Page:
Of course, the only issue dividing Anglicanism right now is the place of gays in the church, and with Anglicanism's regionalism (for lack of a better word), which I admire, you'd think they'd manage to permit different approaches in different places. Of course, since the dispute is about sex (basically), everything stands or falls on this single issue. (The issue of women bishops, which the U.S. Episcopals have had for some time, is evidently less of a big deal to conservative Anglicans, while the Romans, of course, are about to give birth over the fact that the Church of England will soon start ordaining women to the episcopate.) In the end I'm starting to wonder if some Christians believe that the Word became flesh specifically to tell us what to do with our genitals.

To make matters worse, the Episcopal Church in the U.S. is beginning it's triennial meeting in Columbus, Ohio, where sparks are sure to fly. To quote one of Williams' staffers: "Dear, oh dear, oh dear."

Thank God we have no Pope Emeritus. If popes ever do start retiring at 75 like other bishops, I hope they have to retire to a monastery and make a vow of silence.

I take that back. Dueling popes might be more fun.

Catholic celebrity saved from Scientology!

REJOICE! Nicole Kidman, former apostate to Scientology because of her marriage to the increasingly bizarre Tom Cruise, is returning to Rome. She was spotted at her parents' parish in North Sydney and is reported to have secured an annulment from Cruise. Thank God.

Now she'll be getting married for real to country singer Keith Urban, a far more wholesome choice. And she'll be spending about $250,000 to buy out the Golden Door resort for her guests. Don't worry, I'm sure she'll also be tithing 10 percent. Or maybe not. One thing at a time.

That's it for your Catholic-to-the-Left celebrity update. Next week: Is Britney Spears' marriage to Kevin Federline really "awesome"?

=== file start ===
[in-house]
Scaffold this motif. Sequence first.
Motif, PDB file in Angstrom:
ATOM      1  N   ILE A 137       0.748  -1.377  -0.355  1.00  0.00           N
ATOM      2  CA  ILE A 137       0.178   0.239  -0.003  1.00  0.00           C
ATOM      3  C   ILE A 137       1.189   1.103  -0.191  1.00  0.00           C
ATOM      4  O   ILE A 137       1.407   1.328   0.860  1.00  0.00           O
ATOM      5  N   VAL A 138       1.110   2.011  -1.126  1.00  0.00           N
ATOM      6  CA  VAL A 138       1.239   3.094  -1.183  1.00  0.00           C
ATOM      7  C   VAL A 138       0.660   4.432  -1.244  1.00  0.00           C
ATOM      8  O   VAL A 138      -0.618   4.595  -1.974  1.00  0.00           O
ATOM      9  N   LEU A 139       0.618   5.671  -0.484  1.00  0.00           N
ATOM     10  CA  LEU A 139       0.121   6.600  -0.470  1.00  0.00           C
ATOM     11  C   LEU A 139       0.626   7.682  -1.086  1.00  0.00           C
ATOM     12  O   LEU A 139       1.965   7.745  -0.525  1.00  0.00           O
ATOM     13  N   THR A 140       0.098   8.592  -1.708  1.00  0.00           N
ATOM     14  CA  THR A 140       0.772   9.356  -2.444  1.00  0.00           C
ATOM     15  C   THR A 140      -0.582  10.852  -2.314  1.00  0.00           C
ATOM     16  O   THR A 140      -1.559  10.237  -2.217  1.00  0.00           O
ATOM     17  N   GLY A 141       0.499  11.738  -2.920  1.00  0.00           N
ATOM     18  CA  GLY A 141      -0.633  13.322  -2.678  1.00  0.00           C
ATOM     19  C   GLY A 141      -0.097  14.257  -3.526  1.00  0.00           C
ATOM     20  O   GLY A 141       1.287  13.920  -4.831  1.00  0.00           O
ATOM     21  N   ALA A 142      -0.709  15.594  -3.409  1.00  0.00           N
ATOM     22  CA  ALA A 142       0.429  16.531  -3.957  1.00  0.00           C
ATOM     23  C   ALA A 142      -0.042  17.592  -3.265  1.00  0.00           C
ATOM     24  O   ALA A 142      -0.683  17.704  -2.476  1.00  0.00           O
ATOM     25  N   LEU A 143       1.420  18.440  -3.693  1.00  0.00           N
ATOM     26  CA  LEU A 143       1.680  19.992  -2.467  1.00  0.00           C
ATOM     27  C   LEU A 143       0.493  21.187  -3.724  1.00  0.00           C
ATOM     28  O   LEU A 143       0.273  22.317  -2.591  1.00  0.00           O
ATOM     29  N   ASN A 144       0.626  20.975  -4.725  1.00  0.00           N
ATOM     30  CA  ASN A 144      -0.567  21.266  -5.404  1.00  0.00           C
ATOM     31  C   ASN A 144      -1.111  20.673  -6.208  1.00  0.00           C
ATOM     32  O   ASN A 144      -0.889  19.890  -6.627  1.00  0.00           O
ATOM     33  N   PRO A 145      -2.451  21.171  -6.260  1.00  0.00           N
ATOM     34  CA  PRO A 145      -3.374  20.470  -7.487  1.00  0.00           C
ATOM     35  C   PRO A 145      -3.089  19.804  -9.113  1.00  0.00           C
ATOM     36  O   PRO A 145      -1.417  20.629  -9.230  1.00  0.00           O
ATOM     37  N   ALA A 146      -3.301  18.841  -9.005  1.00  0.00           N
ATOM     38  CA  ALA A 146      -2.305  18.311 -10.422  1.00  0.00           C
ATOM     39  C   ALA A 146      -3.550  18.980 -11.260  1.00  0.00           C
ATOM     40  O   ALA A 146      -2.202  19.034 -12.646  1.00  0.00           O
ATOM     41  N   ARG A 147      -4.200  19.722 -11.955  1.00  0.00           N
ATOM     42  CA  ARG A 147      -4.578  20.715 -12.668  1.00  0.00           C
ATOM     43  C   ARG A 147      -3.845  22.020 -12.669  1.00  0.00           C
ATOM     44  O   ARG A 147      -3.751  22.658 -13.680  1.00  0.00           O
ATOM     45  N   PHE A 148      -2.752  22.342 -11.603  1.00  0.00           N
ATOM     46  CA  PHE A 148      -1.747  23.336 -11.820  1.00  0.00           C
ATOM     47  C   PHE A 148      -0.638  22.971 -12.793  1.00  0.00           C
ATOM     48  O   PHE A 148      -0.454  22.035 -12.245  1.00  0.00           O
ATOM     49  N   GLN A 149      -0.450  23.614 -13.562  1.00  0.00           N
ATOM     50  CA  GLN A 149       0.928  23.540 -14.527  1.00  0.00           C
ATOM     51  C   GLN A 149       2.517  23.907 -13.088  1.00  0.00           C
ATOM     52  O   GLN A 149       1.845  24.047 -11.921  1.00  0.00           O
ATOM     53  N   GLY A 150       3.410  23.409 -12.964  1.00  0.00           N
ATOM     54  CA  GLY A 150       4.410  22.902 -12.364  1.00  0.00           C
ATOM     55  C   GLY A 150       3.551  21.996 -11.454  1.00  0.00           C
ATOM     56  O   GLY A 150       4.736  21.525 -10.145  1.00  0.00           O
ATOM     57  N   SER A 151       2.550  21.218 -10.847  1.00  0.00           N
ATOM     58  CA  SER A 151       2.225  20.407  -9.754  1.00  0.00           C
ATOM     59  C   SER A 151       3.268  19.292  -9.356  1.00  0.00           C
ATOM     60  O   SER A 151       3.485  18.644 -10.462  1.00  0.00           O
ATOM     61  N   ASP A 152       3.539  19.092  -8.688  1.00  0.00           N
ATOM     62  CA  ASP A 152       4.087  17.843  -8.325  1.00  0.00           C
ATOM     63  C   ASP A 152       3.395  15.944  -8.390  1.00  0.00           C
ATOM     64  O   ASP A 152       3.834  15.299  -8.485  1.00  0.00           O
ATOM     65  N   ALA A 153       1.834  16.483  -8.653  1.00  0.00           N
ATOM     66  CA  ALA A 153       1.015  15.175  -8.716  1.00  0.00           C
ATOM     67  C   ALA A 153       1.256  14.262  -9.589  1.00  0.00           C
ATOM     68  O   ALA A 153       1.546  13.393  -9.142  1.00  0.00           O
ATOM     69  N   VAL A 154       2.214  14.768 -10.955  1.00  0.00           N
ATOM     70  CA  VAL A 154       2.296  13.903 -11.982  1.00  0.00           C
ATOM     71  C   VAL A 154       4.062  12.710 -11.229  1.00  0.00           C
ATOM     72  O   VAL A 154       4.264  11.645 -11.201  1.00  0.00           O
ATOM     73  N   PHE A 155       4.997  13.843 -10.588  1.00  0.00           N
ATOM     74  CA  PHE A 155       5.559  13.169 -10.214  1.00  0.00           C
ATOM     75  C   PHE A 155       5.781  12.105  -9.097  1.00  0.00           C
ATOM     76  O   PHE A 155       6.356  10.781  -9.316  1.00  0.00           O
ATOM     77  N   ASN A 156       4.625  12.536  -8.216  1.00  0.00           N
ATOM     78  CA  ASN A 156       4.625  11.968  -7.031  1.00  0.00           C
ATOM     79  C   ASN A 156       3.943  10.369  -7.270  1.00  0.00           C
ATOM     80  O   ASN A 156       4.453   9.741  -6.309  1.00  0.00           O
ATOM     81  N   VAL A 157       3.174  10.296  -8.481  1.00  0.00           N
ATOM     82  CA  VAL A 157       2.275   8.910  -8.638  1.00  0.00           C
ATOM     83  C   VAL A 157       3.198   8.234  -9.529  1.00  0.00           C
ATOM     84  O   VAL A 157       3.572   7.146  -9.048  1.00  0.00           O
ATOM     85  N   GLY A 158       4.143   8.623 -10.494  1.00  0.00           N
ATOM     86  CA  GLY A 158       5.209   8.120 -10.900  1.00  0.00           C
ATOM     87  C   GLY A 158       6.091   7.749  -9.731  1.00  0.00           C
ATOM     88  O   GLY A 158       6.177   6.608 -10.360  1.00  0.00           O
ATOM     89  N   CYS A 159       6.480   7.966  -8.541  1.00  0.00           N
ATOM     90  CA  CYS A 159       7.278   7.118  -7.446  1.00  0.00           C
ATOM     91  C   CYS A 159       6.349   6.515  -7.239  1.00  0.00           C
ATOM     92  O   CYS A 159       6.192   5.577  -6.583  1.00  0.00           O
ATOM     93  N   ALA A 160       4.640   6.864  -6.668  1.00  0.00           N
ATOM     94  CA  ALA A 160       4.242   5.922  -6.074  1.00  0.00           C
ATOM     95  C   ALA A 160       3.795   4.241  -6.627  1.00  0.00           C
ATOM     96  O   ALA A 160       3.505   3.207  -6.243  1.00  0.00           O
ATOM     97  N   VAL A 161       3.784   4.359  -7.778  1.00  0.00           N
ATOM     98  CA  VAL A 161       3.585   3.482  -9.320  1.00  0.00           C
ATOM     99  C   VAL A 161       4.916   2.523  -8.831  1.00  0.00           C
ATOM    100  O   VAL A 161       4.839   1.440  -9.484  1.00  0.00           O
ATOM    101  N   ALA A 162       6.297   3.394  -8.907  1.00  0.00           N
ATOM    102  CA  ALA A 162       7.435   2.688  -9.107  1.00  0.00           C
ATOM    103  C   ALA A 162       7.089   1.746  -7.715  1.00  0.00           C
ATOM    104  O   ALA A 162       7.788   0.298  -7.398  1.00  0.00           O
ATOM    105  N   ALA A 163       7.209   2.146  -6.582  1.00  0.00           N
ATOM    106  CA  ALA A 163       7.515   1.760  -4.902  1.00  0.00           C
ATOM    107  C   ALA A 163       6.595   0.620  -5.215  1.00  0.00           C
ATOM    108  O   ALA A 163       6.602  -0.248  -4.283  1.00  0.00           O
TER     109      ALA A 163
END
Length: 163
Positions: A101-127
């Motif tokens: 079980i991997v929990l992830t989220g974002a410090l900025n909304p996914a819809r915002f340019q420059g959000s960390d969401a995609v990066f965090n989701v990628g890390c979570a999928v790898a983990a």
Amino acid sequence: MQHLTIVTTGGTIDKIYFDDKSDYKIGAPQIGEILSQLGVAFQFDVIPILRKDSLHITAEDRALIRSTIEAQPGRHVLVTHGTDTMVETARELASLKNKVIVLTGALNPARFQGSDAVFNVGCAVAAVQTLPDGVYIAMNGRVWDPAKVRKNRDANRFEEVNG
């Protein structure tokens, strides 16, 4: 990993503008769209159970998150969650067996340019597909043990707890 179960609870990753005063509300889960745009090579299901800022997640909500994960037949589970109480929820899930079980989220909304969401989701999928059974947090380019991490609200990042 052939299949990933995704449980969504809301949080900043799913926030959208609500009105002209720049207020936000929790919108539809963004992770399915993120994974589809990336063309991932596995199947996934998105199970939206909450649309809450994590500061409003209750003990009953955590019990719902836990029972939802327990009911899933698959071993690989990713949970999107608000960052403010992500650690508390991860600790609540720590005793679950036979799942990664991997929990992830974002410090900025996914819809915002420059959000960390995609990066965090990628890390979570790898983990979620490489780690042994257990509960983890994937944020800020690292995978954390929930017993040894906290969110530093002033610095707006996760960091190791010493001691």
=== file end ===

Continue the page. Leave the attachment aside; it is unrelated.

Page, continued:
Friday, June 09, 2006

Another reason to dislike Scalia

If his callous approach to the death penalty and his gallant, self-serving invocation of his Catholicism wasn't enough, Supreme Court Associate Justice Antonin Scalia has now made news for using an obscene gesture in the Cathedral of the Holy Cross in Boston. When asked if he "gets a lot of crap from [his] critics" for his rulings on religion--clearly a softball from a Boston Herald reporter--he made the gesture you can see here.

The photographer who captured Scalia in all his grace was actually covering the event for The Pilot, the Boston archdiocesan newspaper. They ordered him not to publish it, but since he is a freelancer, they couldn't stop him. He sold the photo to The Herald, and The Pilot subsequently fired him.

Now why would the Boston archdiocese want to quash an unflattering photo of Scalia?

A better question, though, is why Scalia, a outspoken proponent of the wide use of the death penalty, even against minors and the mentally disabled and mentally ill, gets to speak in a Boston church while Voice of the Faithful chapters have difficulty meeting on church property is beyond me.

Backdoor reform

With down yesterday, I wasn't able to post what could be big news: A federal judge has ruled that a sex-abuse related lawsuit with the Vatican as a defendant can proceed, despite the Holy See's usual immunity from U.S. law because of its status as a sovereign nation. The case involved a Servite priest who first abused a child in Ireland, who was then transferred to the U.S., where he abused other children. The argument is that, since the Vatican has direct authority over bishops and their actions, it can be implicated in the abuse.